#29 in the Judging a Photograph Series
I’m frustrated when I can’t zoom in for a photo sometimes. We took the Staten Island Ferry when we were in New York. It’s free, and a good way to see the Statue of Liberty. It’s a great experience but I found it hard to photograph with a phone.
I was using the iPhone7+ which has a great camera but no optical zoom at all. Phones are too flat and thin to contain the amount of glass needed for true optical zoom. Think of an ordinary camera and the circular lens that sticks out of the front. The further the lens is sticking out, the more it is zooming in.
When I zoom with a phone camera, all I am doing is cropping off the edge of the image. That is called digital zoom. It means there are less pixels in the remaining picture so it is blurry and poor quality. You don’t have to zoom very much before the quality becomes pretty horrendous.
Sailing past the Statue of Liberty was a good opportunity to take some test shots to demonstrate this, and to find an alternative photography style which gets round the problem.
Digital zoom on a phone
I would never normally publish an image this bad. It’s so pixelated and blurry, but this is the effect of digital zoom on a phone. It looks nearly ok on a small screen at arms length! There’s little information to work with, even when I put it into Lightroom. All I’ve done is adjust the white balance which I do on every single photo, always. However I wouldn’t attempt to sharpen or adjust colour as there are too many faults which would be accentuated. That’s the problem with a small, crappy jpeg file like this. Little errors can easily become massive ones with a bit of editing.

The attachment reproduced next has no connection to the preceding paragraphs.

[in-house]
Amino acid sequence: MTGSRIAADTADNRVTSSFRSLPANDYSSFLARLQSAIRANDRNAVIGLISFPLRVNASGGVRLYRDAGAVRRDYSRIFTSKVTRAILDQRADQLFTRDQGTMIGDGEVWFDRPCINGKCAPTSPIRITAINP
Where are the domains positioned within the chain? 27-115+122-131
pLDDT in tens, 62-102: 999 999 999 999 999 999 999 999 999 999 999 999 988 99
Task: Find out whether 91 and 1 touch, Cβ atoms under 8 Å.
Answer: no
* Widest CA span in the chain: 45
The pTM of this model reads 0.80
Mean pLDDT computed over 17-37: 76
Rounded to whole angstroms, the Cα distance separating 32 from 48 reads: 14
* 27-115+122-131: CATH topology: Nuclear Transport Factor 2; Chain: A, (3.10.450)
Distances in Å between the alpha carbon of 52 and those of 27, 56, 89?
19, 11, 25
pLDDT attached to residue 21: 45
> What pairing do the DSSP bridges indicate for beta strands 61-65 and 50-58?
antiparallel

Optical zoom on a bridge camera
For comparison, the above photo was taken on a Panasonic bridge camera. This is a middle range camera so I think it makes a good comparison which most people can relate to. You can immediately see the improved clarity, contrast, colour, depth, detail and perspective in this photo. It is zoomed a bit further in to the equivalent of 535mm telephoto. That is taking the camera near to the limit, but even so it is a pretty great photo. This shot is a jpeg, just like the phone camera, nothing more fancy than that.
Getting round the phone zoom problem
The only answer to getting a decent photo on the phone is to aim for a completely different style of image. I blogged last week about the time I was at Carnac using just a phone camera. The perspective was all wrong without a zoom and I got frustrated. I failed to look for a different kind of image. This time, on the Staten Island ferry I did look for alternatives. The Statue of Liberty was a bit far away so I made it an interesting background feature and used boats in the foreground. I did not use the iPhone’s zoom at all. Do you think it works?
If you visit New York or somewhere else with far distant views then I hope my phone photography tips help you out! Try these tips too if you take photos on your phone at the beach, and read more about my experience testing the iPhone in the spray of Niagara Falls. If you liked this blog please use the share buttons to share it on Facebook, Twitter, Pinterest, Stumbleupon or any of the other options. Thanks!
Read the Judging a Photograph series from the start.
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